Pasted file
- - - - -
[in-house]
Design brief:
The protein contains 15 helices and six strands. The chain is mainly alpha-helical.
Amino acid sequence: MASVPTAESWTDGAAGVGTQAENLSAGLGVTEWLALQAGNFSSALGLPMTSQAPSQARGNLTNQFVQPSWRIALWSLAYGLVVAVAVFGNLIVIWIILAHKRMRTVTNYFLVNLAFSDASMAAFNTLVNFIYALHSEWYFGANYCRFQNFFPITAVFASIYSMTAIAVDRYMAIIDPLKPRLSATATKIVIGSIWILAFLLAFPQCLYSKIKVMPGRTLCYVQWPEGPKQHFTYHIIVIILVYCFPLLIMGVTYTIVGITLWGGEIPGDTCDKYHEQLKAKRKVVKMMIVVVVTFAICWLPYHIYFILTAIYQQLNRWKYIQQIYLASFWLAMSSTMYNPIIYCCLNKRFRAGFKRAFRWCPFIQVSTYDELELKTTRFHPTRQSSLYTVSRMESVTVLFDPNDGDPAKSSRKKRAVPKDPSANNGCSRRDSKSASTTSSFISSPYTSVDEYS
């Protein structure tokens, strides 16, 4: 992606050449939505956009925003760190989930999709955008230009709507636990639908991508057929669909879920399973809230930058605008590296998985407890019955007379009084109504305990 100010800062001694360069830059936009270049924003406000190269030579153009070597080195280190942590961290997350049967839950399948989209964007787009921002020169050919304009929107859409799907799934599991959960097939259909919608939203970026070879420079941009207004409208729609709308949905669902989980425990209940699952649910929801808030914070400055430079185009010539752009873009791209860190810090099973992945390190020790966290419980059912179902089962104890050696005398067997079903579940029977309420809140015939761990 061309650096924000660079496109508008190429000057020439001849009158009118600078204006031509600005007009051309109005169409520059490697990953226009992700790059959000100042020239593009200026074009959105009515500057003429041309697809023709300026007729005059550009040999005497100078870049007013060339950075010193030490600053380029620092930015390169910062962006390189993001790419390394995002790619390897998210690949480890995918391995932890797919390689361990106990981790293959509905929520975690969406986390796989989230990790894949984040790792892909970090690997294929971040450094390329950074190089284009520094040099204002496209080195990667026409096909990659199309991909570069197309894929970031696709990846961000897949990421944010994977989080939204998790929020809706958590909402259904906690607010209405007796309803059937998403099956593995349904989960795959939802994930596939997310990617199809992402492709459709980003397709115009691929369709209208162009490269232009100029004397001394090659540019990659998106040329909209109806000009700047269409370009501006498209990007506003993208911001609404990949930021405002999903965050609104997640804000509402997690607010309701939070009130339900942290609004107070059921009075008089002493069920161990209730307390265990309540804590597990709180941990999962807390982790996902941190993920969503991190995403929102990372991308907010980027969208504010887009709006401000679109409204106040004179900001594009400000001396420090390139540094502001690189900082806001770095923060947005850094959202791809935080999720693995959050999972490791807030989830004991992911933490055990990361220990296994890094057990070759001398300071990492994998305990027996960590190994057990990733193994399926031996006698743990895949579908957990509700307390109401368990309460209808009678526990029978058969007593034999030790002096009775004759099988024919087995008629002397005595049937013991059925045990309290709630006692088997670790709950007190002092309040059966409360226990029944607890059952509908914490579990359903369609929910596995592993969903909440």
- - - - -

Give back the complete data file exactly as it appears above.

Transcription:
[in-house]
Design brief:
The protein contains 15 helices and six strands. The chain is mainly alpha-helical.
Amino acid sequence: MASVPTAESWTDGAAGVGTQAENLSAGLGVTEWLALQAGNFSSALGLPMTSQAPSQARGNLTNQFVQPSWRIALWSLAYGLVVAVAVFGNLIVIWIILAHKRMRTVTNYFLVNLAFSDASMAAFNTLVNFIYALHSEWYFGANYCRFQNFFPITAVFASIYSMTAIAVDRYMAIIDPLKPRLSATATKIVIGSIWILAFLLAFPQCLYSKIKVMPGRTLCYVQWPEGPKQHFTYHIIVIILVYCFPLLIMGVTYTIVGITLWGGEIPGDTCDKYHEQLKAKRKVVKMMIVVVVTFAICWLPYHIYFILTAIYQQLNRWKYIQQIYLASFWLAMSSTMYNPIIYCCLNKRFRAGFKRAFRWCPFIQVSTYDELELKTTRFHPTRQSSLYTVSRMESVTVLFDPNDGDPAKSSRKKRAVPKDPSANNGCSRRDSKSASTTSSFISSPYTSVDEYS
């Protein structure tokens, strides 16, 4: 992606050449939505956009925003760190989930999709955008230009709507636990639908991508057929669909879920399973809230930058605008590296998985407890019955007379009084109504305990 100010800062001694360069830059936009270049924003406000190269030579153009070597080195280190942590961290997350049967839950399948989209964007787009921002020169050919304009929107859409799907799934599991959960097939259909919608939203970026070879420079941009207004409208729609709308949905669902989980425990209940699952649910929801808030914070400055430079185009010539752009873009791209860190810090099973992945390190020790966290419980059912179902089962104890050696005398067997079903579940029977309420809140015939761990 061309650096924000660079496109508008190429000057020439001849009158009118600078204006031509600005007009051309109005169409520059490697990953226009992700790059959000100042020239593009200026074009959105009515500057003429041309697809023709300026007729005059550009040999005497100078870049007013060339950075010193030490600053380029620092930015390169910062962006390189993001790419390394995002790619390897998210690949480890995918391995932890797919390689361990106990981790293959509905929520975690969406986390796989989230990790894949984040790792892909970090690997294929971040450094390329950074190089284009520094040099204002496209080195990667026409096909990659199309991909570069197309894929970031696709990846961000897949990421944010994977989080939204998790929020809706958590909402259904906690607010209405007796309803059937998403099956593995349904989960795959939802994930596939997310990617199809992402492709459709980003397709115009691929369709209208162009490269232009100029004397001394090659540019990659998106040329909209109806000009700047269409370009501006498209990007506003993208911001609404990949930021405002999903965050609104997640804000509402997690607010309701939070009130339900942290609004107070059921009075008089002493069920161990209730307390265990309540804590597990709180941990999962807390982790996902941190993920969503991190995403929102990372991308907010980027969208504010887009709006401000679109409204106040004179900001594009400000001396420090390139540094502001690189900082806001770095923060947005850094959202791809935080999720693995959050999972490791807030989830004991992911933490055990990361220990296994890094057990070759001398300071990492994998305990027996960590190994057990990733193994399926031996006698743990895949579908957990509700307390109401368990309460209808009678526990029978058969007593034999030790002096009775004759099988024919087995008629002397005595049937013991059925045990309290709630006692088997670790709950007190002092309040059966409360226990029944607890059952509908914490579990359903369609929910596995592993969903909440």